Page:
CHICAGO — Wendy and Randall Casey don’t talk much over breakfast these days. Or lunch. Or even dinner.
Truth be known, even though the mother and son share a home in Dixmoor, Illinois, they usually just pass each other in the night. After all, one doesn’t want to reveal too much campaign strategy to your opponent.
“Our relationship hasn’t been as strong as it normally was,” Wendy Casey conceded, in a room festooned with family photos of Randall at a much younger age. “We just interact, saying, ‘Good morning,’ and, ‘Good evening,’ when he comes in from work.”
The two Caseys are running against each other for village president in Dixmoor. Although Randall said he prefers to put it this way: “I’m not running against my mom. I’m running for the people of Dixmoor.”
Against that backdrop, mother and son say they both want the job. And they both want to win.
“I feel, in my honest opinion, that he is not mature mentally to take on the responsibility of running a community,” she says. “If I win, I think he will be very supportive.”
Randall prefers not to talk about the contest against his mother, saying he doesn’t want what some might perceive as a humorous sideshow to detract from the genuine problems Dixmoor faces.
“I don’t want to embarrass the people of Dixmoor,” he said. “The people of Dixmoor have had enough embarrassment.”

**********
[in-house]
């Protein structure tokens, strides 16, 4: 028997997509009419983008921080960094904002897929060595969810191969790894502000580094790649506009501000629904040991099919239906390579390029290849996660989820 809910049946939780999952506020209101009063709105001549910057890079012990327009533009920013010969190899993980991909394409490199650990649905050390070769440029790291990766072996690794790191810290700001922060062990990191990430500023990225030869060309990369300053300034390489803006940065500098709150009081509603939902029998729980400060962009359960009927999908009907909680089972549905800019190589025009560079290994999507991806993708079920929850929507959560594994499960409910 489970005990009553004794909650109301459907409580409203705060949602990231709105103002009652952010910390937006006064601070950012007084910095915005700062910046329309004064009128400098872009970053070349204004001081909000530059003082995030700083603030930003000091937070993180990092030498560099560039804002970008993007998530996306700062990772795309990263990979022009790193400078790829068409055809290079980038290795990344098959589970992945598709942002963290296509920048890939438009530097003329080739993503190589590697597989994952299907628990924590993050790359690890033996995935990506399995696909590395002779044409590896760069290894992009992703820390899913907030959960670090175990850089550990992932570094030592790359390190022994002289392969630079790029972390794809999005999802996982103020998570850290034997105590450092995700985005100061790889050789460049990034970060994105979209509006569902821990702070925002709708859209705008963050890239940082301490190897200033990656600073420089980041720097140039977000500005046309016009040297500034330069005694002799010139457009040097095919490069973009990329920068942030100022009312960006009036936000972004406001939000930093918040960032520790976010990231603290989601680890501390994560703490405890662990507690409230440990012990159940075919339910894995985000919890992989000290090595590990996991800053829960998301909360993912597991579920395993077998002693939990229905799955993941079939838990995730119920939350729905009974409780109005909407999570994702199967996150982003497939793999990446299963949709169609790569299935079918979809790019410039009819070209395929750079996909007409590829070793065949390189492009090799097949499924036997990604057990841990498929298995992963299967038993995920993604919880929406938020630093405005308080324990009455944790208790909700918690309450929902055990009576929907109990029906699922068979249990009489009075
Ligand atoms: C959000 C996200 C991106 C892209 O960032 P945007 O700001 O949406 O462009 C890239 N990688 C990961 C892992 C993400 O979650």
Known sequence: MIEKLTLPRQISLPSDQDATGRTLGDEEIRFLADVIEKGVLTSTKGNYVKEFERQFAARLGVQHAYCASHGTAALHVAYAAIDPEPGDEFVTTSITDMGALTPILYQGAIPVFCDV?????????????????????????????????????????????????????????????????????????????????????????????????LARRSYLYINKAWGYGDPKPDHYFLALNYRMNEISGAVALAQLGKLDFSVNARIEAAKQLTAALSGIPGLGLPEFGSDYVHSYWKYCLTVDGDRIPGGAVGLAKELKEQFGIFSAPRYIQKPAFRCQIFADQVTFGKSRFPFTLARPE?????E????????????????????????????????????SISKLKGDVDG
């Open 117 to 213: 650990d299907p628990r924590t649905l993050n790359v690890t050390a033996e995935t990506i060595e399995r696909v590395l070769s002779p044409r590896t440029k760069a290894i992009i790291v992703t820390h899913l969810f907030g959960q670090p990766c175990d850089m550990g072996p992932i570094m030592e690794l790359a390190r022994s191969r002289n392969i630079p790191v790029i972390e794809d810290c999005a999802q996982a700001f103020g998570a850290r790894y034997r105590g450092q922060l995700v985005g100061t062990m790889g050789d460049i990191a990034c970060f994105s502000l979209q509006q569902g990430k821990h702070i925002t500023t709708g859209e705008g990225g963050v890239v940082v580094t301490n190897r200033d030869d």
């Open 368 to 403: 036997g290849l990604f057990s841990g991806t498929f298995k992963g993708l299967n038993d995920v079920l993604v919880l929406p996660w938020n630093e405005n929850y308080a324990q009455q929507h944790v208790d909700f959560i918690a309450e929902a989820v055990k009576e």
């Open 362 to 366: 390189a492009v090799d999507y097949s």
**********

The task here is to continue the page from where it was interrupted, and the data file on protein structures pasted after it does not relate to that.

Indeed, Dixmoor seems almost comically at odds with itself. Incumbent mayor Keevan Grimmett was thrown off the ballot earlier this year after he was accused of being effectively homeless and living in his city hall office.
“He has no gas, no electricity, and no running water,” the elder Casey said.
‘The town is split’ Grimmett denies that, and after an appeal managed to get reinstated to the ballot.
“I have all the amenities that anyone would have,” he said. “And I guess the biggest thing I have is a lot of electricity for the village of Dixmoor.”
The town could use more than electricity. Stories of unpaid bills are legendary. A would-be community center, started with a federal grant, sits half finished and open to the elements, seemingly abandoned. Per capita income for the town’s 3,500 residents is just under $13,000. Warring factions have led to walkouts by trustees during village board meetings.
“The town is split,” agrees write-in candidate David McWilliams, a local merchant. “I’m here to pull both sides together.”
At times, it’s difficult to tell the players without a scorecard. Trustee Dorothy Armstrong is also seeking the post. Michael Smith, a former trustee, is running for his old job on the village council. He lost it after he was accused of stealing gasoline, and it was Smith who initiated the investigation of the mayor’s residency.
Even Randall Casey brings a complicated linage. His father, Donald Luster, is a former mayor who was forced to step down after he was convicted of fraud. Luster has endorsed his son.
Wendy Casey says if her son wins, she will be respectful.
“I will hold him accountable,” she says.
For now, that accountability includes collecting rent from her son, once a month.
“Of course,” she says. “I can’t let him live here rent-free. I wouldn’t be a good mother if I did that.”
ARTICLE COURTESY OF NBCCHICAGO.COM